News / Health

Death Rates Higher in Non-White American Children

New study finds wide disparity in illness and death among children of different races

A new study finds racial and ethnic disparities in children's health are pervasive in the United States.
A new study finds racial and ethnic disparities in children's health are pervasive in the United States.

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Philip Graitcer

Asian, African-American, Hispanic, and Native American children in the United States have higher rates of death and more illness compared to their white classmates.

That's the finding in a new study that analyzed data from more than 750 published studies conducted over the past 50 years on children's health and health care disparities.

"Racial and ethnic disparities in children's health are quite extensive, pervasive and persistent," says Dr. Glenn Flores, a pediatrician at the University of Texas Southwestern Medical Center and the report's lead author.

Disparity in all areas of health

Flores says these differences between minority kids and Caucasians were noted across the spectrum of health and health care, including mortality, access to care and use of services, prevention, population health, health status, adolescent health, chronic diseases, special health care needs and organ transplantation.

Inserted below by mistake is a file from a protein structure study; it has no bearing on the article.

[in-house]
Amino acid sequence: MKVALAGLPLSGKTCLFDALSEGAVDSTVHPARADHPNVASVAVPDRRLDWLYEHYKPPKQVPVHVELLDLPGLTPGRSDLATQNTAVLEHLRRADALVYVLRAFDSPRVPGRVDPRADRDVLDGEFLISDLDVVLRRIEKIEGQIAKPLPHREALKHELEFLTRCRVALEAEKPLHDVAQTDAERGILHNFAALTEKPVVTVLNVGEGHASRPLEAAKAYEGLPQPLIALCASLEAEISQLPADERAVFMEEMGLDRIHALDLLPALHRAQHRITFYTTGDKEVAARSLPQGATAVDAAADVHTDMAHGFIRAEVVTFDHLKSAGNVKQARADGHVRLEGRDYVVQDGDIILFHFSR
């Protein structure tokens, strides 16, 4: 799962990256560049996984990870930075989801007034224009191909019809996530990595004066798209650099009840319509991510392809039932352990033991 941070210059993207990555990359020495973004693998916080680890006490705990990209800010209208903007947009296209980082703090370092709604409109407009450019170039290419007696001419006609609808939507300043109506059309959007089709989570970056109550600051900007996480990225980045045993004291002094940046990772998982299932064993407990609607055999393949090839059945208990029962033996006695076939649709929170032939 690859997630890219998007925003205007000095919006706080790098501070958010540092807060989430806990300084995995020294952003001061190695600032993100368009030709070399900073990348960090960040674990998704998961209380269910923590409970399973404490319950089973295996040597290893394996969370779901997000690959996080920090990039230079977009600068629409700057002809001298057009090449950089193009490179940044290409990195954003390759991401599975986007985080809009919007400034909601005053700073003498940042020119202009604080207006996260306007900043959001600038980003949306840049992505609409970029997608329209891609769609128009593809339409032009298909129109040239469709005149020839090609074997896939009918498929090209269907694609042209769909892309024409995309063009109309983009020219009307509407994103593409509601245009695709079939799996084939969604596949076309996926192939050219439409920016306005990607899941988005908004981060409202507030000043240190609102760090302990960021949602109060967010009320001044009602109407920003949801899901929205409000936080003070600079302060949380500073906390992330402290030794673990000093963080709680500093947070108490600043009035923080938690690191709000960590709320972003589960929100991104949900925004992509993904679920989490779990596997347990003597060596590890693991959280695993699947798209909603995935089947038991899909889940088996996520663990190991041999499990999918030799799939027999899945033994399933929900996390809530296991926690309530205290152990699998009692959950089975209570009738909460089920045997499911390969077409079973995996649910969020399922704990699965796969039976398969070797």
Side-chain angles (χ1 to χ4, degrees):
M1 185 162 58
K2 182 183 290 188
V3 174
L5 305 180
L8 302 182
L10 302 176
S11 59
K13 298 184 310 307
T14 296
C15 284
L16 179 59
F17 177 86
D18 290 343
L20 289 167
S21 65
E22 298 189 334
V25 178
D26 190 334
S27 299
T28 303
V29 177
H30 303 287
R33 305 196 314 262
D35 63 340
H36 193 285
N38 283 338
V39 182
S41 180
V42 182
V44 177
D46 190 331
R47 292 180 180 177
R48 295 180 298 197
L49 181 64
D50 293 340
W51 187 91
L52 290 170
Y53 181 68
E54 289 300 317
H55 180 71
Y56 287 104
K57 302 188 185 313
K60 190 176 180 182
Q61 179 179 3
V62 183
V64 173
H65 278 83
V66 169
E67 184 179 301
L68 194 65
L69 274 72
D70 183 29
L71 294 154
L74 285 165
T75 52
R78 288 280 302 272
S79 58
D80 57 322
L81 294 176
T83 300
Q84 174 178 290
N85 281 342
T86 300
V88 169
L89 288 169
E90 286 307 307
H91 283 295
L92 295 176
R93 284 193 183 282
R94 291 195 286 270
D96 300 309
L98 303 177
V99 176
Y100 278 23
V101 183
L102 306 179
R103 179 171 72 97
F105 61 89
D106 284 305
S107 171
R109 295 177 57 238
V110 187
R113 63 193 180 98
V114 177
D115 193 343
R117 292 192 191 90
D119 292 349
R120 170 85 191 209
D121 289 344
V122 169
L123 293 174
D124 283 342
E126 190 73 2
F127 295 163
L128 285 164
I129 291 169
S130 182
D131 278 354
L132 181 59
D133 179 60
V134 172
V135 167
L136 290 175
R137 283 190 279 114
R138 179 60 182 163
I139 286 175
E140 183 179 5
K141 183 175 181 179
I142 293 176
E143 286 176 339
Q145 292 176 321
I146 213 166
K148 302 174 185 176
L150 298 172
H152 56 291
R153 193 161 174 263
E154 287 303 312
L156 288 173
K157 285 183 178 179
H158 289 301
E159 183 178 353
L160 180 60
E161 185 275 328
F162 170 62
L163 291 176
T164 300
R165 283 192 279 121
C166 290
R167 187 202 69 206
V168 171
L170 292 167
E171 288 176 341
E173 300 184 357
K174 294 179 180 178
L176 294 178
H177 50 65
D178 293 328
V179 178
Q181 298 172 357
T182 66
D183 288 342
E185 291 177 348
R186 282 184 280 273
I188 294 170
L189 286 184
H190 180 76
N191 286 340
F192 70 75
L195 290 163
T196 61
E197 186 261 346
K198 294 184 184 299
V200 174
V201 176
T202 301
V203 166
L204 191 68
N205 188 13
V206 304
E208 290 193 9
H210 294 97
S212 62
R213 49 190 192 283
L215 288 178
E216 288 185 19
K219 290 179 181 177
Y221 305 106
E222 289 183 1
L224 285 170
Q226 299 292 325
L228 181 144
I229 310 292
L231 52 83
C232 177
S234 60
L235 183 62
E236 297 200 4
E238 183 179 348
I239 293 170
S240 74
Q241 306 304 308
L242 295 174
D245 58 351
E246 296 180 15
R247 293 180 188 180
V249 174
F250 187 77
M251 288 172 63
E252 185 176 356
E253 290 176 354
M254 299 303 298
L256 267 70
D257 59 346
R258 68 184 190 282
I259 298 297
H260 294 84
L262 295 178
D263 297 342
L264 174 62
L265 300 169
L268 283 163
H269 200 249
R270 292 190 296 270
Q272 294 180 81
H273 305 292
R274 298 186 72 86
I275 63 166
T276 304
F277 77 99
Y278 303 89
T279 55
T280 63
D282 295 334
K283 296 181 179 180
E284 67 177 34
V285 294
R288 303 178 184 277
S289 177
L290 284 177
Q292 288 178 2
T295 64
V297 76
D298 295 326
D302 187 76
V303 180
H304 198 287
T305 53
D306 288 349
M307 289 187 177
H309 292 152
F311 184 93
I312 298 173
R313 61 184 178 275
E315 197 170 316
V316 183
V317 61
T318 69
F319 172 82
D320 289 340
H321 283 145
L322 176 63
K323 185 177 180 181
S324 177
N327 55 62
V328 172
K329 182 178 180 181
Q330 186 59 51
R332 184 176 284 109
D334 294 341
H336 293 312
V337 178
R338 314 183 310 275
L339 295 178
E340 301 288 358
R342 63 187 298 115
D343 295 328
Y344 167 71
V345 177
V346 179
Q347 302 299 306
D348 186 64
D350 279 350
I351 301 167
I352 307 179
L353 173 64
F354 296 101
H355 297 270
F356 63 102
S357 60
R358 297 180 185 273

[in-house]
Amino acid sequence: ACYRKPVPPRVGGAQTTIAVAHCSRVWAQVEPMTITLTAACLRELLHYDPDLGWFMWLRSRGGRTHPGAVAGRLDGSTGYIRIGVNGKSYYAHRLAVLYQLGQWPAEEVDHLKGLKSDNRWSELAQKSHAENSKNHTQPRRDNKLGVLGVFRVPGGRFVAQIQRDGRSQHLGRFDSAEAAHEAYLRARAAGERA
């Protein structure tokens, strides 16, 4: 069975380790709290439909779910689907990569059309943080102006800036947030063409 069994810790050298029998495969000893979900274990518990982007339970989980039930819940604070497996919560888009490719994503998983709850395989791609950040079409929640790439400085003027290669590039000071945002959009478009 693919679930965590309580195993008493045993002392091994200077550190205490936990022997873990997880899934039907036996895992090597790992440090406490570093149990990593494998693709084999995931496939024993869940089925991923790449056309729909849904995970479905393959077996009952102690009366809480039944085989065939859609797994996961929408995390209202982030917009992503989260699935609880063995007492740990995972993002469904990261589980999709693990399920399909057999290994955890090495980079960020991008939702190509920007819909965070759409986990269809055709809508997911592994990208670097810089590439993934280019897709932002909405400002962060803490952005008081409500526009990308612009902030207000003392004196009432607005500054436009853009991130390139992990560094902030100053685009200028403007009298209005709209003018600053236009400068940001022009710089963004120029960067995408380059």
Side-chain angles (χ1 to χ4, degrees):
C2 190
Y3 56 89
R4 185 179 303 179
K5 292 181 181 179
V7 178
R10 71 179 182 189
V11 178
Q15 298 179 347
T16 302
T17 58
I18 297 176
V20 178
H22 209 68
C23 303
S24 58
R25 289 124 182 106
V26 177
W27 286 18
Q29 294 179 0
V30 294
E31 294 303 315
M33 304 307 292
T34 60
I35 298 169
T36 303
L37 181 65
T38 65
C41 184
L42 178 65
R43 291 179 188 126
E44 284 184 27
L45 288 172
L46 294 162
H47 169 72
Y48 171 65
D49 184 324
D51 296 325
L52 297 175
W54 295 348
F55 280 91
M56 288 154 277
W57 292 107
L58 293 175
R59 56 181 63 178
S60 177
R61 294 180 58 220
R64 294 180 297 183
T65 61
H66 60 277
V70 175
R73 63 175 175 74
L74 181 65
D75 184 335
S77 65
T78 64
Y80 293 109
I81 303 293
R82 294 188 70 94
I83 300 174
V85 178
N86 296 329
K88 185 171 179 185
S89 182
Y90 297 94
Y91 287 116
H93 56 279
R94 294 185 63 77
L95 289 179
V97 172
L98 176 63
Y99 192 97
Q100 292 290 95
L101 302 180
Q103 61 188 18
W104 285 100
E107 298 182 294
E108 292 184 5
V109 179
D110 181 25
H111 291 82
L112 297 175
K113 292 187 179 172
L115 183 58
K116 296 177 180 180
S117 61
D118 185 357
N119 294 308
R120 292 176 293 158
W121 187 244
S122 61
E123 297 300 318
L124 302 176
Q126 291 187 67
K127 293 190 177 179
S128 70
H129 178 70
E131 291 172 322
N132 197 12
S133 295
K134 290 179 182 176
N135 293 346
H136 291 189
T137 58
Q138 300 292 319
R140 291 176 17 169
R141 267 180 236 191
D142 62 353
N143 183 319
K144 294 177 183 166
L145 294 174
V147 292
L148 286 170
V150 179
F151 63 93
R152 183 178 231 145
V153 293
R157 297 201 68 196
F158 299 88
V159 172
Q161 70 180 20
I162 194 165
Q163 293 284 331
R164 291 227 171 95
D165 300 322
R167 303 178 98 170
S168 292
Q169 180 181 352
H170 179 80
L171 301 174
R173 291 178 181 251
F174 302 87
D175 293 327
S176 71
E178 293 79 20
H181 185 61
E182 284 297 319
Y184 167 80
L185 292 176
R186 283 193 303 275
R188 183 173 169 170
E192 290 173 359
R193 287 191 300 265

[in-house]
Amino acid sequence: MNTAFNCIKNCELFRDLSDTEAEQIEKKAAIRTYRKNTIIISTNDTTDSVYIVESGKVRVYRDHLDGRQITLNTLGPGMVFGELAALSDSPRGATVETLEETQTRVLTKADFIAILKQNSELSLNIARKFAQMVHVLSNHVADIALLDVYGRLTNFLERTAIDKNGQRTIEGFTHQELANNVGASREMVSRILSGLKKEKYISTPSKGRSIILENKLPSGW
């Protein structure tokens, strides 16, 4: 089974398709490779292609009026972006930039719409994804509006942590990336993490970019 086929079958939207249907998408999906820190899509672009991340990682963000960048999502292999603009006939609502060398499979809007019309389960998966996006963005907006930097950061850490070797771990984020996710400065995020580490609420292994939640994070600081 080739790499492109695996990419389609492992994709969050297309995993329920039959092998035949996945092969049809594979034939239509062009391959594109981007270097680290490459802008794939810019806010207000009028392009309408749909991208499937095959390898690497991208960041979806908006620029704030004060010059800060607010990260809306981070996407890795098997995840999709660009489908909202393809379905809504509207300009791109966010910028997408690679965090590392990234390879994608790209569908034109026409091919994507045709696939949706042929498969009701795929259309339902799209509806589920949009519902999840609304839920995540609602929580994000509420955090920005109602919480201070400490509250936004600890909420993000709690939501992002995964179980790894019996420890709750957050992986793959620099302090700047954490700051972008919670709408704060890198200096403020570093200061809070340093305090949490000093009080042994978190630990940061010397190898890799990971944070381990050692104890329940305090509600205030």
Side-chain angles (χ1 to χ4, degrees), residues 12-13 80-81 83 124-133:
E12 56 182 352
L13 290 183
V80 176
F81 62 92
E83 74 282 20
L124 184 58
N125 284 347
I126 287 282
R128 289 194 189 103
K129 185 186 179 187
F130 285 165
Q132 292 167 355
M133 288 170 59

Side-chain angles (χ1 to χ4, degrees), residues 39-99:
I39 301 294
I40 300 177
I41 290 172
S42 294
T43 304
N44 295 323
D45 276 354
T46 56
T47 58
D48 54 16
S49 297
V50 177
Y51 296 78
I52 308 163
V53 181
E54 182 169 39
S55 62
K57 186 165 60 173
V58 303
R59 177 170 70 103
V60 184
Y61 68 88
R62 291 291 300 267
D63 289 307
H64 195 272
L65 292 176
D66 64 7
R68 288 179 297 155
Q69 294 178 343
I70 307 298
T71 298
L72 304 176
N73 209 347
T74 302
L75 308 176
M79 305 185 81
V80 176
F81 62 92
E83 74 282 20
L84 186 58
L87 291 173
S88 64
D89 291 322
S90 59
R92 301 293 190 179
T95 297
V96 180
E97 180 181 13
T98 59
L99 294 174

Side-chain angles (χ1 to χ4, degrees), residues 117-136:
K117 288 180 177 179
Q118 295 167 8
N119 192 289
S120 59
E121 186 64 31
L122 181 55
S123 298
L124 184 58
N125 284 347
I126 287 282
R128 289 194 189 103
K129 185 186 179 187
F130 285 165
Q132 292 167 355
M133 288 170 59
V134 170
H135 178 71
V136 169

In addition, the study revealed that minority children had a higher incidence of HIV/AIDS, sexually transmitted diseases, asthma, certain cancers, and lower success rates for treatment of kidney and heart diseases.

These differences led to disproportionate death rates. "Mortality disparities were noted for all four major U.S. racial and ethnic minorities groups," says Flores.

What was particularly disconcerting to Flores was that even when studies were adjusted for such things as income, the differences remained.

Recognizing disparity as a problem

The pediatrician says the explanation for these differences is not apparent because clear and consistent data are not available.

"Optimal health and health care for all children will require recognition of disparities as pervasive problems, methodological sound disparity studies, and rigorous evaluation of disparities intervention," he says.

Flores' study appears in the April issue of the journal Pediatrics.

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